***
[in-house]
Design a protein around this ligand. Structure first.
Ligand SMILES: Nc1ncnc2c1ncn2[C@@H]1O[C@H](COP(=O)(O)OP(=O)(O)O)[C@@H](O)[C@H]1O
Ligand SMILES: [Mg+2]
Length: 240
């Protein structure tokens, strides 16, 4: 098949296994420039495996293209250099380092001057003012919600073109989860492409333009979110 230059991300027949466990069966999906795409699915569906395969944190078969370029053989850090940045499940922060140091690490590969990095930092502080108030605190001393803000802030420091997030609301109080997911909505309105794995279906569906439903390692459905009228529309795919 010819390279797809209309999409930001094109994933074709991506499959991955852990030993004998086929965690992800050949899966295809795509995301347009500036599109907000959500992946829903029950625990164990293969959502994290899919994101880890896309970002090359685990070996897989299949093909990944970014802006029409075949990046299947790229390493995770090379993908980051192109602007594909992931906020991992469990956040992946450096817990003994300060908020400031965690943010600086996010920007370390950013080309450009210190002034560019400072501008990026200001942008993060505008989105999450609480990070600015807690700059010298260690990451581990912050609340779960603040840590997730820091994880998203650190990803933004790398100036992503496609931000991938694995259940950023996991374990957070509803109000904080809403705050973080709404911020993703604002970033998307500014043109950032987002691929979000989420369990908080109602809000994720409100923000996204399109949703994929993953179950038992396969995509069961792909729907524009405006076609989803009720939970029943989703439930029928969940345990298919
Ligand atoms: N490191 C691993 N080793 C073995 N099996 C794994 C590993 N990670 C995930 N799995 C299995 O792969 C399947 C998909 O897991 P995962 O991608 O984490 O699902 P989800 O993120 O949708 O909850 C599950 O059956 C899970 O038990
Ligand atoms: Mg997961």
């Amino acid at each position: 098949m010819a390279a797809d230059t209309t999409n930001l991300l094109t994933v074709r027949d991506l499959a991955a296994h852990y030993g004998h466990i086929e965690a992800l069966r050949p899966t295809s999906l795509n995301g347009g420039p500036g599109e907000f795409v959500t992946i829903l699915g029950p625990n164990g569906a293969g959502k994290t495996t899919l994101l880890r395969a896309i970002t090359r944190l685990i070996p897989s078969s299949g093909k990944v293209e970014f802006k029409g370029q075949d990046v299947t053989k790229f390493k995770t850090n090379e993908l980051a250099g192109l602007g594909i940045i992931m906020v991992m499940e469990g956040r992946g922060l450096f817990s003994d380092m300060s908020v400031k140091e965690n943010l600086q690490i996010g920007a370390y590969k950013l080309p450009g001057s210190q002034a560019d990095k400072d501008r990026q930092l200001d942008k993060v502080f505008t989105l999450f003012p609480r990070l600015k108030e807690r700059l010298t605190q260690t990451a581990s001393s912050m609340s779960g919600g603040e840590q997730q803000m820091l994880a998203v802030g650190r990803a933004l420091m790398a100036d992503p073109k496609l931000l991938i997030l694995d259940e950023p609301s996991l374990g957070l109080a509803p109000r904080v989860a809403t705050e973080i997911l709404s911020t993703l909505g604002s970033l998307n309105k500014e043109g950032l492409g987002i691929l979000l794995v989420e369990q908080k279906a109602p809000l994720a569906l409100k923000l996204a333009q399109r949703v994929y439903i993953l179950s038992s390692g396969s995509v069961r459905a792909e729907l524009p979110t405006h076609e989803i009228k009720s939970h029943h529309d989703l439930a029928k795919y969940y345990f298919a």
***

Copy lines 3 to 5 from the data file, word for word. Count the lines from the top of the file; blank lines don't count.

Ligand SMILES: Nc1ncnc2c1ncn2[C@@H]1O[C@H](COP(=O)(O)OP(=O)(O)O)[C@@H](O)[C@H]1O
Ligand SMILES: [Mg+2]
Length: 240